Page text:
Memorable Manitobans: Edwin Cleland “Ed” Nix (1907-2003)

Purchasing agent, historian.

Born in Winnipeg’s North End on 6 April 1907, son of Garry Thornton Nix (1887-1963) and Sarah Dora Lawson (1888-1980), cousin of Margaret E. Nix and nephew of Irvine F. Nix, he attended Luxton School and St. John’s Technical High School. He was a member of St. John’s United Church and St. James United Church where he was a Sunday School Superintendent, member of the board of Elders, and Clerk of the Session. From time to time he conducted church services. His interest was in beautiful things, such as the grounds of the Manitoba Legislative Building where he was instrumental in surveying flowerbeds and helping with the planting of trees and shrubs. For over 45 years, he worked for Stovel Company Limited, pioneer printers in Western Canada, starting as stock keeper, later as purchasing agent. He was the President of the Canadian Association of Purchasing Agents in 1960 and was later made an Honorary Life Member.

On 28 March 1931, he married Emily Maud Crowle (?-?) at St. James. They had one son, Paul E. Nix (1933-2002). He was known for his unique family Christmas cards. He and son Paul took photographs and designed the cards together for over 60 years. Ed was a long-standing member of the Manitoba Historical Society. For ten years, he represented the Society on the City of Winnipeg’s Historical Buildings Committee, where he helped to compile lists of historically important buildings. In 1970, he became involved with the restoration of what became Dalnavert Museum, and he later spent many hours showing visitors through it.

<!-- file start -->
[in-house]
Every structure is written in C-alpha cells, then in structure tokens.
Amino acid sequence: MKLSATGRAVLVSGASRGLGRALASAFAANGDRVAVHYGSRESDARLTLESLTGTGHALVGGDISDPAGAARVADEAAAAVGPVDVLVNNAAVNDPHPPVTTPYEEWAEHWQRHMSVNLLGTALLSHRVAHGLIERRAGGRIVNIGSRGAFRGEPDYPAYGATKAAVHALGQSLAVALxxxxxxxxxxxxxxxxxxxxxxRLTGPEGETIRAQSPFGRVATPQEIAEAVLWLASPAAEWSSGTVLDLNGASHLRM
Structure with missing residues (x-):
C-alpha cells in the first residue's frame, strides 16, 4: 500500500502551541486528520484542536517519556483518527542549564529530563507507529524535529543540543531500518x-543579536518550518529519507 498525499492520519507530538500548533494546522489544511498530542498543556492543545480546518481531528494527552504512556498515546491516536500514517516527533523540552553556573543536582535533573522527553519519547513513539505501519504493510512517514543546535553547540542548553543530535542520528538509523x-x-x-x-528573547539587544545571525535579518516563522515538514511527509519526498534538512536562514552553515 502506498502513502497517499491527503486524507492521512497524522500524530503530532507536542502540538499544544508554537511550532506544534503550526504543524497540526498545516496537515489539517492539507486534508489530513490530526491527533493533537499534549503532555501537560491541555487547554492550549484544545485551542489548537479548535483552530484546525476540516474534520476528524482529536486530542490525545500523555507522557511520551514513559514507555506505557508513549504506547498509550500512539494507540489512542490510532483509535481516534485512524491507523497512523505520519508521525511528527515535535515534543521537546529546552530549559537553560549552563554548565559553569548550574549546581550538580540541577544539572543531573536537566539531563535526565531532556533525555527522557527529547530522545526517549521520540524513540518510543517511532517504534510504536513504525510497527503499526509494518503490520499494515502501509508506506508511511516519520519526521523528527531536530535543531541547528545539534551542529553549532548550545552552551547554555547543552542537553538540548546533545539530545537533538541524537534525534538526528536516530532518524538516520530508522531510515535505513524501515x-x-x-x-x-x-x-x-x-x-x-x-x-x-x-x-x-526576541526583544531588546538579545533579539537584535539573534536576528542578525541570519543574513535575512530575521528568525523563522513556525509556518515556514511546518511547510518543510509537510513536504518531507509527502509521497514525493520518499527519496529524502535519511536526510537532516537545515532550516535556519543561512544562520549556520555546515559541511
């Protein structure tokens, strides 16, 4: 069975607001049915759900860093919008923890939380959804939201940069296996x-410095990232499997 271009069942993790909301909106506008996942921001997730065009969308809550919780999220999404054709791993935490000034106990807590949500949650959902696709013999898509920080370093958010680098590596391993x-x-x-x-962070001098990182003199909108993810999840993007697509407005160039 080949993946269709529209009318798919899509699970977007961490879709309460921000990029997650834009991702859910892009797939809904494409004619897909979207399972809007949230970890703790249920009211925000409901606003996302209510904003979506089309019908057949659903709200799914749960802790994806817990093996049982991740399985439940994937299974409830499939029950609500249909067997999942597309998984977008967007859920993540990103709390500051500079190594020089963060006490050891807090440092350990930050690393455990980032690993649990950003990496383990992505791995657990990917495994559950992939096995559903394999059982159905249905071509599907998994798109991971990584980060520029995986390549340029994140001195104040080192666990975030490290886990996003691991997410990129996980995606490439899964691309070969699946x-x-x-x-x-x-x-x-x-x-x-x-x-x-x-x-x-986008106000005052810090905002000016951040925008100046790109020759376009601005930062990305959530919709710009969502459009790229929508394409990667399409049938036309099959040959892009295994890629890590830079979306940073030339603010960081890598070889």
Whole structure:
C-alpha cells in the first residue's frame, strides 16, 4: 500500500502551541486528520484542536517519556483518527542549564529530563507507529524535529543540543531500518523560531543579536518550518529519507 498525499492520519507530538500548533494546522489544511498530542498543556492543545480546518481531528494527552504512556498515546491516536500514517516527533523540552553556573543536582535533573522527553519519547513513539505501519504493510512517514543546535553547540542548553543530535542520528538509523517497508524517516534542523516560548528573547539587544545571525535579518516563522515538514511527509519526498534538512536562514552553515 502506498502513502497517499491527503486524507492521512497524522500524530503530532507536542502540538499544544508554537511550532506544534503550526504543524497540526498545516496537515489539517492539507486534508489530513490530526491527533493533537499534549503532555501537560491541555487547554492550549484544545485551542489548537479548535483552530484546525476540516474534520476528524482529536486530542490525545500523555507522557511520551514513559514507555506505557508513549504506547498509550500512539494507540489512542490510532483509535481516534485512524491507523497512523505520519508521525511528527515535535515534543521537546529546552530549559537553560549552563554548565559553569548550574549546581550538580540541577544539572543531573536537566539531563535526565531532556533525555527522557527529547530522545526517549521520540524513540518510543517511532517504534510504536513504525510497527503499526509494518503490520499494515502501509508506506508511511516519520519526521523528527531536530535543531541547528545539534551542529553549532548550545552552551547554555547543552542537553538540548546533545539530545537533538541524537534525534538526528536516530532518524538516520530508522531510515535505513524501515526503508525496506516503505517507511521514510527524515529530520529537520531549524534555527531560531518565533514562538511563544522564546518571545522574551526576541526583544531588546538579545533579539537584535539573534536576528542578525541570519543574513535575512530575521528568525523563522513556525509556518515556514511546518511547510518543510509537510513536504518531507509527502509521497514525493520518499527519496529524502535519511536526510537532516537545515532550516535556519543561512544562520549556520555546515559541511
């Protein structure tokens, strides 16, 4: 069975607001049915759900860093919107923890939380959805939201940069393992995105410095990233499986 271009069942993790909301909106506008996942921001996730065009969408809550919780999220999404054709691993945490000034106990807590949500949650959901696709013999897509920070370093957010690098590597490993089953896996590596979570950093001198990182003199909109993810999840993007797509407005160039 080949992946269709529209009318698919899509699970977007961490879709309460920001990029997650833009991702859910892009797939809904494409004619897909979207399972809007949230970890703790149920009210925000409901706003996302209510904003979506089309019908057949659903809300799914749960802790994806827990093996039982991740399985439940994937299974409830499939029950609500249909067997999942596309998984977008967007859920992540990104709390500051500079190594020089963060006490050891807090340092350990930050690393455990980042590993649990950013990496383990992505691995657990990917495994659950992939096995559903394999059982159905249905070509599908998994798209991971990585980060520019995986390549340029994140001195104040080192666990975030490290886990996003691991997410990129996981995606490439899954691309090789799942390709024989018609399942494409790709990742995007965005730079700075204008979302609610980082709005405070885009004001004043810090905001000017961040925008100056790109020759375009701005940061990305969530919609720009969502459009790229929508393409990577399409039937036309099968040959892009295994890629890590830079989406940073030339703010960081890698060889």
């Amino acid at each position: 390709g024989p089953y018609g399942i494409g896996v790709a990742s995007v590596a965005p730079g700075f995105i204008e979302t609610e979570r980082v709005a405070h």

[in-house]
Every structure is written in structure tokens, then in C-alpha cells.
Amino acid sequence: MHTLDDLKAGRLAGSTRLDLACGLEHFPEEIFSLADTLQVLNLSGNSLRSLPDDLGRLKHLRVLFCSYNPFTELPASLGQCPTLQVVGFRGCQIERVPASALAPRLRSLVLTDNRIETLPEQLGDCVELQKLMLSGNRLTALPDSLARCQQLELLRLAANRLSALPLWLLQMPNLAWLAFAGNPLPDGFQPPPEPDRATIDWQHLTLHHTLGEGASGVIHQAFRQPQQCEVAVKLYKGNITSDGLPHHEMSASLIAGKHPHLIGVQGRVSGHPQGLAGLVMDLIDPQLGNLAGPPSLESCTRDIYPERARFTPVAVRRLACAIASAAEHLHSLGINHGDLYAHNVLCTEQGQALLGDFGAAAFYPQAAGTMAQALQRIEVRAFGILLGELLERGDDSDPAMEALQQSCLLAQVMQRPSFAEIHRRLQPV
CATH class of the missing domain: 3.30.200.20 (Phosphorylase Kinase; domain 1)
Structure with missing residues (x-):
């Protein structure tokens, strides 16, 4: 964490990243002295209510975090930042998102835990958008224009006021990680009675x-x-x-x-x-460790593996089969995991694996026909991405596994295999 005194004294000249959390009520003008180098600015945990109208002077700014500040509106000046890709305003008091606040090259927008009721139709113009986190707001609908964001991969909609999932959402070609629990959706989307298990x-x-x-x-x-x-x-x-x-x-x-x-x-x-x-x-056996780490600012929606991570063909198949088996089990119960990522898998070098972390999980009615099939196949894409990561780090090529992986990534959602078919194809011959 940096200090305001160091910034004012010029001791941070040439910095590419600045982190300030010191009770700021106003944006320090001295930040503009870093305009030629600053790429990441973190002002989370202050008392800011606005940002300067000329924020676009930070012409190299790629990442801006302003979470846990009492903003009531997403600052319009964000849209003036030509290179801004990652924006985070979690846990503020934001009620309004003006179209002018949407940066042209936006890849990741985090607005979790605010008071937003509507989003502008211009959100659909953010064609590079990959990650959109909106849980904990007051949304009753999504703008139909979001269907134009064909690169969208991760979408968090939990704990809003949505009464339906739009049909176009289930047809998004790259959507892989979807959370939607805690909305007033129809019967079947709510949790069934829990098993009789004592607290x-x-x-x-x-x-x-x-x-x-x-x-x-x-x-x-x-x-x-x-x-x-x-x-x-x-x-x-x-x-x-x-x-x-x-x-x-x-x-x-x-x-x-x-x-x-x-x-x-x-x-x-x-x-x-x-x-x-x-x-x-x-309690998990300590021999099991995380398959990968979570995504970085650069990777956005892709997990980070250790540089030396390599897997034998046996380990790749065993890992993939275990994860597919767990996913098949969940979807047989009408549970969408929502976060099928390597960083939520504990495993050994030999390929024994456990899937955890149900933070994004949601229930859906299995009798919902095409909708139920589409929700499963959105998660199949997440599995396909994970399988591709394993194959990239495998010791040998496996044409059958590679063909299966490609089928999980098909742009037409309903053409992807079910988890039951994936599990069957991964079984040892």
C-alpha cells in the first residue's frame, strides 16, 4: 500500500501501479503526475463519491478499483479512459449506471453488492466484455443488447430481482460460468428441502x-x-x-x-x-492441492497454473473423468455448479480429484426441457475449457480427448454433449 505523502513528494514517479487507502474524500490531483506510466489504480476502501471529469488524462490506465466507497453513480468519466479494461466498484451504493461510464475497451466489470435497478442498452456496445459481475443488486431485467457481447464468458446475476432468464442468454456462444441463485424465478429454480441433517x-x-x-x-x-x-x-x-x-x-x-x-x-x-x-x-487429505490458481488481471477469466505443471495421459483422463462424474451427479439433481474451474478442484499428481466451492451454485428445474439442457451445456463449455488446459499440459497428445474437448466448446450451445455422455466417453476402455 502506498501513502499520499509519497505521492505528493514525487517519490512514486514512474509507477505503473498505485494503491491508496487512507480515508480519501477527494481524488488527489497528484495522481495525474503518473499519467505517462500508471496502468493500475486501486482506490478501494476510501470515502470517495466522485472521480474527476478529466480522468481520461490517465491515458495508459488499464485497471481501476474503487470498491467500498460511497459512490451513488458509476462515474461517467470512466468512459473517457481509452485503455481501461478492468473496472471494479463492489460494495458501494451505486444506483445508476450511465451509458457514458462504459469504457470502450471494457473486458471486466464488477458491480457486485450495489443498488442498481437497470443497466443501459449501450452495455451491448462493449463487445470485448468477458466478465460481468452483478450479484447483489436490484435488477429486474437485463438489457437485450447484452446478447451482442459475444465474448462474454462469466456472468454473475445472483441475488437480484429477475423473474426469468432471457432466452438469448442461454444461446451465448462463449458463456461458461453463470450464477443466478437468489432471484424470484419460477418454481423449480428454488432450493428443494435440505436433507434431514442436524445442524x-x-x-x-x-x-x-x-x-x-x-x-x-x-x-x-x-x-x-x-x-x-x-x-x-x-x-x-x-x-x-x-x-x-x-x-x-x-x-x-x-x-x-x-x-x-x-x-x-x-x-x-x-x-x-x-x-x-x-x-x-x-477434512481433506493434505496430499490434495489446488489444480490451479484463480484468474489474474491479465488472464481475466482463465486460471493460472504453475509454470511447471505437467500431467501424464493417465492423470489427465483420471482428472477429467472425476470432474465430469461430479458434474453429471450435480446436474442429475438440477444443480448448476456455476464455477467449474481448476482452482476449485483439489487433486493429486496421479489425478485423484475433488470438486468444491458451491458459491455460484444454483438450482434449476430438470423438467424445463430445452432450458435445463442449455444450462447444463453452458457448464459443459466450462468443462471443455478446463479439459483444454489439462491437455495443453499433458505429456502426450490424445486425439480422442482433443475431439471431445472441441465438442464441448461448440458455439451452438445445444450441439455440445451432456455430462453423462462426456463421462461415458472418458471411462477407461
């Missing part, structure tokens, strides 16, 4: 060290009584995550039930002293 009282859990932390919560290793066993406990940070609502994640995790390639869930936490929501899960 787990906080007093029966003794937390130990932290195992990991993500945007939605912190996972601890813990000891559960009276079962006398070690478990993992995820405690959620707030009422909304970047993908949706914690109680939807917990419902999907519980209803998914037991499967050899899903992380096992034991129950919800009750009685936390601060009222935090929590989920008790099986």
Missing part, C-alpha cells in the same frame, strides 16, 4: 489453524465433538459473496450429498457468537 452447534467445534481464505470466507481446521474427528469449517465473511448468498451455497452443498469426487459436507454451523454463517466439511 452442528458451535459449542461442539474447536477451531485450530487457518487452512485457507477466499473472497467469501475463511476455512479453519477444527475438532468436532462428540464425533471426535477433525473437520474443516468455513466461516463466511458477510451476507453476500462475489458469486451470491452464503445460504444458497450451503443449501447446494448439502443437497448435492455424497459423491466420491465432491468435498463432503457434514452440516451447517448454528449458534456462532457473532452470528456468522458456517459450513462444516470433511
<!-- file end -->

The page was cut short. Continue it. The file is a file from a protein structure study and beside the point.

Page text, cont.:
Ed was a great traveller. He loved his native land, especially the North West Territories. He spent many weeks on the Mackenzie River on the HBC sternwheel riverboat. He travelled the length and breadth of Lake Winnipeg on the SS Keenora. In 1926, he shot the Grand Rapids of the Saskatchewan River. He visited Churchill with his son eight times. Ed and Paul crossed Canada coast to coast via the Canadian Pacific Railway and CNR. He visited the Yukon and Alaska with the Manitoba Historical Society via the Inside Passage. He spent many summers at Grand Marais, the summer family retreat. A highlight for Ed was when he and his family played “home away from home” for 106 military trainees on leave from their training base in Shilo. During the Second World War, these boys paid 207 visits, varying from a few hours to weeks at a time, to the Nix household. Some still kept in touch with Ed and he appreciated those friendships.

He died peacefully at Winnipeg’s Deer Lodge Centre on 5 August 2003.


“September statistics,” Winnipeg Tribune, 1 October 1906, page 9.

Birth and marriage registrations, Manitoba Vital Statistics.

Obituary [Garry T. Nix], Winnipeg Free Press, 20 April 1963, page 32.

Obituary, Winnipeg Free Press, 7 August 2003.

We thank Margaret Eyolfson and Mary (neé Nix) Gomide for providing additional information used here.

This page was prepared by Gordon Goldsborough.

Page revised: 17 February 2024

Memorable Manitobans

Memorable Manitobans

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